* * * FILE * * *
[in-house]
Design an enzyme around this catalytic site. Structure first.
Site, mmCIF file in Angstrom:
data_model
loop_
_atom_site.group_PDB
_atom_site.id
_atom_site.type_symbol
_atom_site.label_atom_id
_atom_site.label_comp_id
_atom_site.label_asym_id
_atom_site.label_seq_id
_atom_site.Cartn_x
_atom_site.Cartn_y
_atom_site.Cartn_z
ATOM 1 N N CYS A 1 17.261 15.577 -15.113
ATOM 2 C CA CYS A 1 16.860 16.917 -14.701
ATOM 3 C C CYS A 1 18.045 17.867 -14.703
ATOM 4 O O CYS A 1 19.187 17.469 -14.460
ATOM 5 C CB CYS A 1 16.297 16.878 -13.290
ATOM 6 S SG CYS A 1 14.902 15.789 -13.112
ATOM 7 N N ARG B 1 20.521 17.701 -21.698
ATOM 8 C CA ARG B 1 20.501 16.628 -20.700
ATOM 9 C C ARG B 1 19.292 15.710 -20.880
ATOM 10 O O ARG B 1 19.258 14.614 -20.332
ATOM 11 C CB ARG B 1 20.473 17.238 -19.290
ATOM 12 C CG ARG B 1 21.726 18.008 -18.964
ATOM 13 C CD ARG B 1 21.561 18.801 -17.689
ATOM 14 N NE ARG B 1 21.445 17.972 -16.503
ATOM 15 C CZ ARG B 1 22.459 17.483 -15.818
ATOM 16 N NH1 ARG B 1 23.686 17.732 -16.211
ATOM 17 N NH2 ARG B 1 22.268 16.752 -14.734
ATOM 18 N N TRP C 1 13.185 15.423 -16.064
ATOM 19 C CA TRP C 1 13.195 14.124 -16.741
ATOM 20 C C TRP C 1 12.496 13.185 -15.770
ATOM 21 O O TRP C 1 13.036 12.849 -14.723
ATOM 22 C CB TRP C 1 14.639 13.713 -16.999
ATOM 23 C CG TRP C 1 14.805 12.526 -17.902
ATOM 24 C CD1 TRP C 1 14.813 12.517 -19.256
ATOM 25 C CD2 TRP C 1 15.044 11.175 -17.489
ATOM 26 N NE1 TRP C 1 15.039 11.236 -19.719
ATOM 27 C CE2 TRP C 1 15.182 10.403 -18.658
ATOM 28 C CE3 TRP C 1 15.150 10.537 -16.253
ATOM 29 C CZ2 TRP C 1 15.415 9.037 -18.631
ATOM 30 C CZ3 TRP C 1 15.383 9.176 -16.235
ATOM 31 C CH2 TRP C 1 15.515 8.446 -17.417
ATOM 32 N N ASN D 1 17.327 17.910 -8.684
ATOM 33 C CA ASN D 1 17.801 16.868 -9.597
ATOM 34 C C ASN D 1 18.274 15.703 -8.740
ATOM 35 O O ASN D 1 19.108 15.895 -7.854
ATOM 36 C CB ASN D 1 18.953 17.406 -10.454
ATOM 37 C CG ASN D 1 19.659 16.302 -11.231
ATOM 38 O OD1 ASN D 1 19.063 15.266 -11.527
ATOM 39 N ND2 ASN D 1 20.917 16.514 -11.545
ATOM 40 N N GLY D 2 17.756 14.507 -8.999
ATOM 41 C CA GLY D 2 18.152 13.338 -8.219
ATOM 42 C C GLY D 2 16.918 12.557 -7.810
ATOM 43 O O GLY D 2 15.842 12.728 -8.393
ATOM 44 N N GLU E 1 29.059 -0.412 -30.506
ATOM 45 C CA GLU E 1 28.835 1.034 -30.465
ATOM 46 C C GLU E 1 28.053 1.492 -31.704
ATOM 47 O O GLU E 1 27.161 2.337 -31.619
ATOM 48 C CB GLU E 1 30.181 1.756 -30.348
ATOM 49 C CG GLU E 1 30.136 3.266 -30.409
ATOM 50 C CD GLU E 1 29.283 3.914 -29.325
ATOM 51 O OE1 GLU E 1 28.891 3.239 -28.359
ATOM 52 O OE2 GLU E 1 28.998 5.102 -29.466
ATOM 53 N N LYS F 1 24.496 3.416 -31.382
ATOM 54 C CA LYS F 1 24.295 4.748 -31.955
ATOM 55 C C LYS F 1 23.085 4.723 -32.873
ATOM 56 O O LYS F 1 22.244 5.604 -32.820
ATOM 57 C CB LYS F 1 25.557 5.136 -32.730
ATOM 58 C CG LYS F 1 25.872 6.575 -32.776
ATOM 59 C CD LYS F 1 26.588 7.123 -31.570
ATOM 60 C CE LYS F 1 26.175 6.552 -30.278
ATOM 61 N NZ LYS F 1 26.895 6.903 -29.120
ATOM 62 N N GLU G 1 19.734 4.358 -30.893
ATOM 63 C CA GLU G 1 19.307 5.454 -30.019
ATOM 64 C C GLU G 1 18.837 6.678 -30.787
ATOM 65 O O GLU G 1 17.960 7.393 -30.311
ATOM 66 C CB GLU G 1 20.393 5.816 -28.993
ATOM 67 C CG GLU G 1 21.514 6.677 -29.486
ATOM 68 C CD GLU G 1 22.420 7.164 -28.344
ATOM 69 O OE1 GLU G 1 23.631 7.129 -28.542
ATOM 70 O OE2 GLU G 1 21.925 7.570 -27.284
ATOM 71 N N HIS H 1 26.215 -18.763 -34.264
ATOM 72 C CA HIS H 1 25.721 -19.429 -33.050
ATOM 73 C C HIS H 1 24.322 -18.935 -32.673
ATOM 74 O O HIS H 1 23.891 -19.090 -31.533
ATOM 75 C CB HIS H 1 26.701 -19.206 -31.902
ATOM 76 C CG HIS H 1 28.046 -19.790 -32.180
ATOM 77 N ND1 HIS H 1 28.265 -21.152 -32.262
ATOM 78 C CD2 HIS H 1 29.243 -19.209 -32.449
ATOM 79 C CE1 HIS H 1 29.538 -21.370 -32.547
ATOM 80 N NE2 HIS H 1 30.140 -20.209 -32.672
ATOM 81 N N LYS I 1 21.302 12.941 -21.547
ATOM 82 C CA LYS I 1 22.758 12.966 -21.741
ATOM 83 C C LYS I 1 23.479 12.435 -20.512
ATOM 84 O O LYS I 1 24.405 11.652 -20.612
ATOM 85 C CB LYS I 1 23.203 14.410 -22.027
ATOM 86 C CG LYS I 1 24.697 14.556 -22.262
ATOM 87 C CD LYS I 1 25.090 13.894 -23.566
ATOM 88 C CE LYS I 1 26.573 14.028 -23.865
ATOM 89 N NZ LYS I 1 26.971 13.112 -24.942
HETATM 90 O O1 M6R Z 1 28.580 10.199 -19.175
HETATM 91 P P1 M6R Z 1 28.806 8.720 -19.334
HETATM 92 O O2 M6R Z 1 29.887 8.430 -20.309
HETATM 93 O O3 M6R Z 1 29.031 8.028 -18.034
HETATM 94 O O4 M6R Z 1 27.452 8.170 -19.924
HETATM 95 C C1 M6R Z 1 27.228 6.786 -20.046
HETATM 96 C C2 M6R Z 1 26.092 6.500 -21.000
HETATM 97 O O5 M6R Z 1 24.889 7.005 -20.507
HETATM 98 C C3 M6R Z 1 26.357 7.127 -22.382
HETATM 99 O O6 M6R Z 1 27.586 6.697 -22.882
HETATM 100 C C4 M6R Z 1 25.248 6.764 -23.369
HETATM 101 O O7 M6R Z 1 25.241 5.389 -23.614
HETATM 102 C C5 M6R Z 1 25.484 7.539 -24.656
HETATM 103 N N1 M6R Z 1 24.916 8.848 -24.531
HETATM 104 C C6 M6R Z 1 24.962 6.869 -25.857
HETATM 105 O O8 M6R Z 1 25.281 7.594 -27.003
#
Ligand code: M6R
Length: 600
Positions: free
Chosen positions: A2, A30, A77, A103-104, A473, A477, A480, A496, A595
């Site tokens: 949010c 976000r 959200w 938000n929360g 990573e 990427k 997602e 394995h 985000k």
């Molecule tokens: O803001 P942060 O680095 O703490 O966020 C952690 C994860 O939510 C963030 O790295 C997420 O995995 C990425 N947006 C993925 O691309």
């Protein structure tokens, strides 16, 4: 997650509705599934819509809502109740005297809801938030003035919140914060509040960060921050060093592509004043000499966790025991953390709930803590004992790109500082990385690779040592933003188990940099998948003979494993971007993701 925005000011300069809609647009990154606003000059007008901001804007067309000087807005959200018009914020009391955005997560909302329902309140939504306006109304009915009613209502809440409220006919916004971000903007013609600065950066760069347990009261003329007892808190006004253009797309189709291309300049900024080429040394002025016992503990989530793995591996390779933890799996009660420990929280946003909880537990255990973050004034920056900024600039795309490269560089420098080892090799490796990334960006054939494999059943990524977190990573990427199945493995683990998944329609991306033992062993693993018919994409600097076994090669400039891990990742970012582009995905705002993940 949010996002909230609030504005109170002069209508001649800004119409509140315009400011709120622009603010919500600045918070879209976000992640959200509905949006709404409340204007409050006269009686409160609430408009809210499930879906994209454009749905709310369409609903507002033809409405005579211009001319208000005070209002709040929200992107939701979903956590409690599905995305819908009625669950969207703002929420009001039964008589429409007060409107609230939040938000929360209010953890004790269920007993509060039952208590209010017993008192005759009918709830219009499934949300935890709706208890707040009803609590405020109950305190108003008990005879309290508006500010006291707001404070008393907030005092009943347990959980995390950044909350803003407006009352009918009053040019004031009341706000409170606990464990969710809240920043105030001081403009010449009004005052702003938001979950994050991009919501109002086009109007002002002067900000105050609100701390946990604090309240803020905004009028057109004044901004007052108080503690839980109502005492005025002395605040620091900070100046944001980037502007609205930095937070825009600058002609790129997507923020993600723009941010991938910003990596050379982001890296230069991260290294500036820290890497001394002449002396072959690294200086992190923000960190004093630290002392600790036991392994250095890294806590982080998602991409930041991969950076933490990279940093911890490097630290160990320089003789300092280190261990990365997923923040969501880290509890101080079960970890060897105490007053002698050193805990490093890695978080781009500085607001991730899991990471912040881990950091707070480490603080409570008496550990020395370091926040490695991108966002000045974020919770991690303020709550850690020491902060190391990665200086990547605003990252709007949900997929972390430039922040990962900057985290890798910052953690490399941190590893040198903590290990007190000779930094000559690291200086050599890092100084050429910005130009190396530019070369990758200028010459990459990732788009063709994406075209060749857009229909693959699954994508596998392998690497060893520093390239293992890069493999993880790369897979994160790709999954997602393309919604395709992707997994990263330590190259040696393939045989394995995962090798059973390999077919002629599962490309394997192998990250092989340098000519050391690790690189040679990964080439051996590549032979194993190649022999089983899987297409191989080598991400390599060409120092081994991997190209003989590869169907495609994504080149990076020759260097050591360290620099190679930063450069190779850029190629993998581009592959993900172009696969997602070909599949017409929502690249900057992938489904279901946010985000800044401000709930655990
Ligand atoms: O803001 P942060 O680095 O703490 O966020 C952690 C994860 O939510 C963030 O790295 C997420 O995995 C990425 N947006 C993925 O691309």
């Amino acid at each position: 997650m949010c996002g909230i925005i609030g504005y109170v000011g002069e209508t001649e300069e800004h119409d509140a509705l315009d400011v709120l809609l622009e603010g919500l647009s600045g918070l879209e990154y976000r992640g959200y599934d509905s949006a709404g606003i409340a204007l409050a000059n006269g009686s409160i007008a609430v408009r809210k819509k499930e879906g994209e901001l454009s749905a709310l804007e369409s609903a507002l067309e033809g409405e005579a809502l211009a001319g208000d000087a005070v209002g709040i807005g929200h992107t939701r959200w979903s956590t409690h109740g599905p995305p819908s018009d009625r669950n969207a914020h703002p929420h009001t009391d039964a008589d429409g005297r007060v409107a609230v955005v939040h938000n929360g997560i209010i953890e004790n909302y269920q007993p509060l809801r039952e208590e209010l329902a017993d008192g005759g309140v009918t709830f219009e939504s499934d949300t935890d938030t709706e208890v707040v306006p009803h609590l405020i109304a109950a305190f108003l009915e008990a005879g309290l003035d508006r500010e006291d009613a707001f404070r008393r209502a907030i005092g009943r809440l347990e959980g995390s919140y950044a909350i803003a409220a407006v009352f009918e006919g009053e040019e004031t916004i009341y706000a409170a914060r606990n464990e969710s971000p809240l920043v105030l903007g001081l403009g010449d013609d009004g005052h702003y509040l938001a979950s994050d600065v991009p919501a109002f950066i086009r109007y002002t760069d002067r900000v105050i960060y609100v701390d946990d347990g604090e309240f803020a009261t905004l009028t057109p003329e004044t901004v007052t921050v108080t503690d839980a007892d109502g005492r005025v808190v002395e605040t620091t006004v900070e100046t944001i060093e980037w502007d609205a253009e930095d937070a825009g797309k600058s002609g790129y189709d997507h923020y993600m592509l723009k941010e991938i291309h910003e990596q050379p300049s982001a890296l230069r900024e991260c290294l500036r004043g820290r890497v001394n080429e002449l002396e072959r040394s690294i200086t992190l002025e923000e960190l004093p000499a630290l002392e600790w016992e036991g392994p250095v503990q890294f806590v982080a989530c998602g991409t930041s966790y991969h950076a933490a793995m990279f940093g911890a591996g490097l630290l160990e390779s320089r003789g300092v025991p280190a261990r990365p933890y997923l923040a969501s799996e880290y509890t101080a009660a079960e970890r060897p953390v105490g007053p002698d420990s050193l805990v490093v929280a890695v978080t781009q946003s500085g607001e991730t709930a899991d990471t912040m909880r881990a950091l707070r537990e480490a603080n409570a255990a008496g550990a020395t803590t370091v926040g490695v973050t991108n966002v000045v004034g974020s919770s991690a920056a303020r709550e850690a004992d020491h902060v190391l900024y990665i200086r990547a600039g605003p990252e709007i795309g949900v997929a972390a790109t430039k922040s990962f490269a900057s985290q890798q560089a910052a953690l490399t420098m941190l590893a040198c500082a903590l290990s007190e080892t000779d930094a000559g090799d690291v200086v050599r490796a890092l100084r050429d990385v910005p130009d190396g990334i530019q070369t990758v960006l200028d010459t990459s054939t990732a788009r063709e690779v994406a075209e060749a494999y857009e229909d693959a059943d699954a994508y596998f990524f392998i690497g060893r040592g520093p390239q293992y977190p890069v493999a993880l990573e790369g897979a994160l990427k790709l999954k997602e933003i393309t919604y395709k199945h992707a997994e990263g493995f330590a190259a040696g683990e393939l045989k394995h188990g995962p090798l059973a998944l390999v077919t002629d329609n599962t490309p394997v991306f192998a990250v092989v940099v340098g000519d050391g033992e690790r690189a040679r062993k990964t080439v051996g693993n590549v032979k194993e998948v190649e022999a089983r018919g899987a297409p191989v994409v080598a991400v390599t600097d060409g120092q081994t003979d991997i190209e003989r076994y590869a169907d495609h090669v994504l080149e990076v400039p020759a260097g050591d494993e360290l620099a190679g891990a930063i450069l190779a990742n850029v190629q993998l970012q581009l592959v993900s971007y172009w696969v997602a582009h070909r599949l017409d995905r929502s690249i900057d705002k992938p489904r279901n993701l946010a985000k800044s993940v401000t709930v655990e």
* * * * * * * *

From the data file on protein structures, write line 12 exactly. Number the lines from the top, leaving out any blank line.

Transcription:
_atom_site.label_seq_id